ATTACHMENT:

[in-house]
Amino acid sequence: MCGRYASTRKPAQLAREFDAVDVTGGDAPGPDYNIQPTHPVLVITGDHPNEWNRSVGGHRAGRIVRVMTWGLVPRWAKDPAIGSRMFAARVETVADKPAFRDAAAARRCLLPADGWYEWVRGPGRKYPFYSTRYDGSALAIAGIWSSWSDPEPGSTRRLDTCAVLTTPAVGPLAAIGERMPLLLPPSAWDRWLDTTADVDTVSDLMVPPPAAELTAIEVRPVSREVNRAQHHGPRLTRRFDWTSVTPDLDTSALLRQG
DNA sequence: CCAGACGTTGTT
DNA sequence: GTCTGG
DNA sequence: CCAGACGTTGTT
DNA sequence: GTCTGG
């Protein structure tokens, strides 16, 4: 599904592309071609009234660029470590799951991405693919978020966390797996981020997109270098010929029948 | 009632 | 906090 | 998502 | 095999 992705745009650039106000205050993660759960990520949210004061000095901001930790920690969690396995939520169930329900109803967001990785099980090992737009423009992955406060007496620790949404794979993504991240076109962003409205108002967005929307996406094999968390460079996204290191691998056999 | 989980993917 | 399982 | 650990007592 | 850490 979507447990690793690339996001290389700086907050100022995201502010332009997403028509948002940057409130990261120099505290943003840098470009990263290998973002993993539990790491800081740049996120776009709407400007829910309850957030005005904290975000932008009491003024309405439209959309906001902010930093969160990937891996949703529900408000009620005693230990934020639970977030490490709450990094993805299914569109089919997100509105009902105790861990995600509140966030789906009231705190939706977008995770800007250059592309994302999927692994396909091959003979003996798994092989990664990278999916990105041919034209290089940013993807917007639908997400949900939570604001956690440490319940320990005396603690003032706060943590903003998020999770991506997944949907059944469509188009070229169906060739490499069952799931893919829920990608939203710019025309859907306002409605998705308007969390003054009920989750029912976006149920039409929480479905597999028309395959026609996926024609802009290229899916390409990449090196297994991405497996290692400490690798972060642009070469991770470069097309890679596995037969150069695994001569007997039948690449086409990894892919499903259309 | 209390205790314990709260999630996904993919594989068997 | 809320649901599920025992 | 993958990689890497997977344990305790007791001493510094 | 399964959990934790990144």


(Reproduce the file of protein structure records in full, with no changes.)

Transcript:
[in-house]
Amino acid sequence: MCGRYASTRKPAQLAREFDAVDVTGGDAPGPDYNIQPTHPVLVITGDHPNEWNRSVGGHRAGRIVRVMTWGLVPRWAKDPAIGSRMFAARVETVADKPAFRDAAAARRCLLPADGWYEWVRGPGRKYPFYSTRYDGSALAIAGIWSSWSDPEPGSTRRLDTCAVLTTPAVGPLAAIGERMPLLLPPSAWDRWLDTTADVDTVSDLMVPPPAAELTAIEVRPVSREVNRAQHHGPRLTRRFDWTSVTPDLDTSALLRQG
DNA sequence: CCAGACGTTGTT
DNA sequence: GTCTGG
DNA sequence: CCAGACGTTGTT
DNA sequence: GTCTGG
């Protein structure tokens, strides 16, 4: 599904592309071609009234660029470590799951991405693919978020966390797996981020997109270098010929029948 | 009632 | 906090 | 998502 | 095999 992705745009650039106000205050993660759960990520949210004061000095901001930790920690969690396995939520169930329900109803967001990785099980090992737009423009992955406060007496620790949404794979993504991240076109962003409205108002967005929307996406094999968390460079996204290191691998056999 | 989980993917 | 399982 | 650990007592 | 850490 979507447990690793690339996001290389700086907050100022995201502010332009997403028509948002940057409130990261120099505290943003840098470009990263290998973002993993539990790491800081740049996120776009709407400007829910309850957030005005904290975000932008009491003024309405439209959309906001902010930093969160990937891996949703529900408000009620005693230990934020639970977030490490709450990094993805299914569109089919997100509105009902105790861990995600509140966030789906009231705190939706977008995770800007250059592309994302999927692994396909091959003979003996798994092989990664990278999916990105041919034209290089940013993807917007639908997400949900939570604001956690440490319940320990005396603690003032706060943590903003998020999770991506997944949907059944469509188009070229169906060739490499069952799931893919829920990608939203710019025309859907306002409605998705308007969390003054009920989750029912976006149920039409929480479905597999028309395959026609996926024609802009290229899916390409990449090196297994991405497996290692400490690798972060642009070469991770470069097309890679596995037969150069695994001569007997039948690449086409990894892919499903259309 | 209390205790314990709260999630996904993919594989068997 | 809320649901599920025992 | 993958990689890497997977344990305790007791001493510094 | 399964959990934790990144």